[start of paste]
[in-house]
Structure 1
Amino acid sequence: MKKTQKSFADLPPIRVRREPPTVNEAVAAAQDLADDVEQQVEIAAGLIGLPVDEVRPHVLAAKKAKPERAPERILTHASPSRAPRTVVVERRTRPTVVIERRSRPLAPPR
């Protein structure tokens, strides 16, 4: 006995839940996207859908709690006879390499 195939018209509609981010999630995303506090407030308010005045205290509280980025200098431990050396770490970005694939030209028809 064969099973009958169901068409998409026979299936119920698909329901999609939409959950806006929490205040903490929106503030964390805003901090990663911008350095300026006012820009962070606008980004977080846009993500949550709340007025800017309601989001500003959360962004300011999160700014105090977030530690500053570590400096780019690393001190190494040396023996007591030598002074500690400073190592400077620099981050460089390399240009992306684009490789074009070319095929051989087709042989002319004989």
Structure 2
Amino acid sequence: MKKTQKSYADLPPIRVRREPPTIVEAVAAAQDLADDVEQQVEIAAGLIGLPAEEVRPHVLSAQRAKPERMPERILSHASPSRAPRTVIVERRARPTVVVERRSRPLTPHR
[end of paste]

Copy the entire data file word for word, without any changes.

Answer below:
[in-house]
Structure 1
Amino acid sequence: MKKTQKSFADLPPIRVRREPPTVNEAVAAAQDLADDVEQQVEIAAGLIGLPVDEVRPHVLAAKKAKPERAPERILTHASPSRAPRTVVVERRTRPTVVIERRSRPLAPPR
């Protein structure tokens, strides 16, 4: 006995839940996207859908709690006879390499 195939018209509609981010999630995303506090407030308010005045205290509280980025200098431990050396770490970005694939030209028809 064969099973009958169901068409998409026979299936119920698909329901999609939409959950806006929490205040903490929106503030964390805003901090990663911008350095300026006012820009962070606008980004977080846009993500949550709340007025800017309601989001500003959360962004300011999160700014105090977030530690500053570590400096780019690393001190190494040396023996007591030598002074500690400073190592400077620099981050460089390399240009992306684009490789074009070319095929051989087709042989002319004989």
Structure 2
Amino acid sequence: MKKTQKSYADLPPIRVRREPPTIVEAVAAAQDLADDVEQQVEIAAGLIGLPAEEVRPHVLSAQRAKPERMPERILSHASPSRAPRTVIVERRARPTVVVERRSRPLTPHR